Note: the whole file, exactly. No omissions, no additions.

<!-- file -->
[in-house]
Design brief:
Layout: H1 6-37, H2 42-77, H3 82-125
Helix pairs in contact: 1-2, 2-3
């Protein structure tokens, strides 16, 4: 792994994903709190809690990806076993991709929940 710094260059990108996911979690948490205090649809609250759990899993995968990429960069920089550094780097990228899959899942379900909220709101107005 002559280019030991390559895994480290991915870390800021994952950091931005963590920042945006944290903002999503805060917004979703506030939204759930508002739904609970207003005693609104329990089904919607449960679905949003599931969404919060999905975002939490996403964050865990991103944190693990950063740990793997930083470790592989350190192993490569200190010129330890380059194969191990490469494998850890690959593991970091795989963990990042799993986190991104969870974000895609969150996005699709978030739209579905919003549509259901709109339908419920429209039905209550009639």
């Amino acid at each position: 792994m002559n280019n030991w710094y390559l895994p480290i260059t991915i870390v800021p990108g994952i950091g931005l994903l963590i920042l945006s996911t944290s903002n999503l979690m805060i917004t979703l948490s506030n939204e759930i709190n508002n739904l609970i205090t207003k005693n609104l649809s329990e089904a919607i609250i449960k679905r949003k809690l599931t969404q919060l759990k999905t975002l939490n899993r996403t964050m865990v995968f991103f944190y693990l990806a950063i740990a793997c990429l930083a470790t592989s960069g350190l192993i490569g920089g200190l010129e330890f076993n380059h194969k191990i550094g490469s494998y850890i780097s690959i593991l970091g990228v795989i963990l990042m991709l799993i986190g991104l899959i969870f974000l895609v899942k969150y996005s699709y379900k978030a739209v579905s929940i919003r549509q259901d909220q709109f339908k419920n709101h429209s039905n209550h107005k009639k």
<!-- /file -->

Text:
[in-house]
Design brief:
Layout: H1 6-37, H2 42-77, H3 82-125
Helix pairs in contact: 1-2, 2-3
């Protein structure tokens, strides 16, 4: 792994994903709190809690990806076993991709929940 710094260059990108996911979690948490205090649809609250759990899993995968990429960069920089550094780097990228899959899942379900909220709101107005 002559280019030991390559895994480290991915870390800021994952950091931005963590920042945006944290903002999503805060917004979703506030939204759930508002739904609970207003005693609104329990089904919607449960679905949003599931969404919060999905975002939490996403964050865990991103944190693990950063740990793997930083470790592989350190192993490569200190010129330890380059194969191990490469494998850890690959593991970091795989963990990042799993986190991104969870974000895609969150996005699709978030739209579905919003549509259901709109339908419920429209039905209550009639």
């Amino acid at each position: 792994m002559n280019n030991w710094y390559l895994p480290i260059t991915i870390v800021p990108g994952i950091g931005l994903l963590i920042l945006s996911t944290s903002n999503l979690m805060i917004t979703l948490s506030n939204e759930i709190n508002n739904l609970i205090t207003k005693n609104l649809s329990e089904a919607i609250i449960k679905r949003k809690l599931t969404q919060l759990k999905t975002l939490n899993r996403t964050m865990v995968f991103f944190y693990l990806a950063i740990a793997c990429l930083a470790t592989s960069g350190l192993i490569g920089g200190l010129e330890f076993n380059h194969k191990i550094g490469s494998y850890i780097s690959i593991l970091g990228v795989i963990l990042m991709l799993i986190g991104l899959i969870f974000l895609v899942k969150y996005s699709y379900k978030a739209v579905s929940i919003r549509q259901d909220q709109f339908k419920n709101h429209s039905n209550h107005k009639k």